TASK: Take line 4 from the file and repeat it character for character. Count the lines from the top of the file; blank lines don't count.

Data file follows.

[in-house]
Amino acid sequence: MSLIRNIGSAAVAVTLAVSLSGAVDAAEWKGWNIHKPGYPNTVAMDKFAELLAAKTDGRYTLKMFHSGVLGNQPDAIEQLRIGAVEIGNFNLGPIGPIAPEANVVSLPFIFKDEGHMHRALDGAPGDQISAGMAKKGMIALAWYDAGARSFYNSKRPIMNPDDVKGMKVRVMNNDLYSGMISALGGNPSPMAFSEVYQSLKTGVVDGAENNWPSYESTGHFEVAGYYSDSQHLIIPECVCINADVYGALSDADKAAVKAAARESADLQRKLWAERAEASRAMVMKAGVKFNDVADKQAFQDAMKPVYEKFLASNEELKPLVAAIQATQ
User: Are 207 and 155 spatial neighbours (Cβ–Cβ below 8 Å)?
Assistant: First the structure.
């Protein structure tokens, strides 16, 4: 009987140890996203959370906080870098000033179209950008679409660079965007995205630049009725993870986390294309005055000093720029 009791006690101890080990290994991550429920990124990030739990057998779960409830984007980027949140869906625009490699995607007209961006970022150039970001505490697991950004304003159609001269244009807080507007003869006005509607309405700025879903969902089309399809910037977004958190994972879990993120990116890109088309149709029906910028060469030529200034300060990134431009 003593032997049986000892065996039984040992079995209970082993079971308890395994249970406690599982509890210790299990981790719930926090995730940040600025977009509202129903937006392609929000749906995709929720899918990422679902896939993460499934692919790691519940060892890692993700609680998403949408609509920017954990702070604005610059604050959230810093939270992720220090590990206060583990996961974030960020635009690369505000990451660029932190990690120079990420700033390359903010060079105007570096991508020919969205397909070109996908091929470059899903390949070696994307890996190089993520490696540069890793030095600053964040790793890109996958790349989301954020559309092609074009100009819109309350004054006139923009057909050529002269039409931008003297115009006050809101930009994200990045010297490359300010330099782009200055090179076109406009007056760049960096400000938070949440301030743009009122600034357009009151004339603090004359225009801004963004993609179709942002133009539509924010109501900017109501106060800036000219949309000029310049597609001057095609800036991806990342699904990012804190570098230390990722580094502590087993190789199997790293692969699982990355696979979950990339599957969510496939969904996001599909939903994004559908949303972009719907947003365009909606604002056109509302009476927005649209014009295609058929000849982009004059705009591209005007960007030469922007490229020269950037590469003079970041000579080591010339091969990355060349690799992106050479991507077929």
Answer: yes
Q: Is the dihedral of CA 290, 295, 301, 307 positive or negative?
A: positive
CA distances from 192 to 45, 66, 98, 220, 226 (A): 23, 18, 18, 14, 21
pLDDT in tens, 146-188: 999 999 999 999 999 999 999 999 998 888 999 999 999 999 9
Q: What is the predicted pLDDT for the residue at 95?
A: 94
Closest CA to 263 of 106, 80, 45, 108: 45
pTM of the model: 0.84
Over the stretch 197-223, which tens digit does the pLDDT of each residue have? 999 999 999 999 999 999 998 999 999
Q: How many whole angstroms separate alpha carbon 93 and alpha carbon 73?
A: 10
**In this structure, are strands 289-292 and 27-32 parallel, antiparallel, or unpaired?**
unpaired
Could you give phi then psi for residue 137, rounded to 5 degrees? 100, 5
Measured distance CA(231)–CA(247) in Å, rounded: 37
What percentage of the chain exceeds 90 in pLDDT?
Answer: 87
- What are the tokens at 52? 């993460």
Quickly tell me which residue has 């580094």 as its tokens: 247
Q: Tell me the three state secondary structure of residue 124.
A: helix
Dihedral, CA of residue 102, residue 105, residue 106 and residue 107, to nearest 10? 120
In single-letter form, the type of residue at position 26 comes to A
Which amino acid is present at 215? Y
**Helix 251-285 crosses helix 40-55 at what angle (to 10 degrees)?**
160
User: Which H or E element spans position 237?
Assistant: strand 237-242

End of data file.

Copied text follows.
Assistant: First the structure.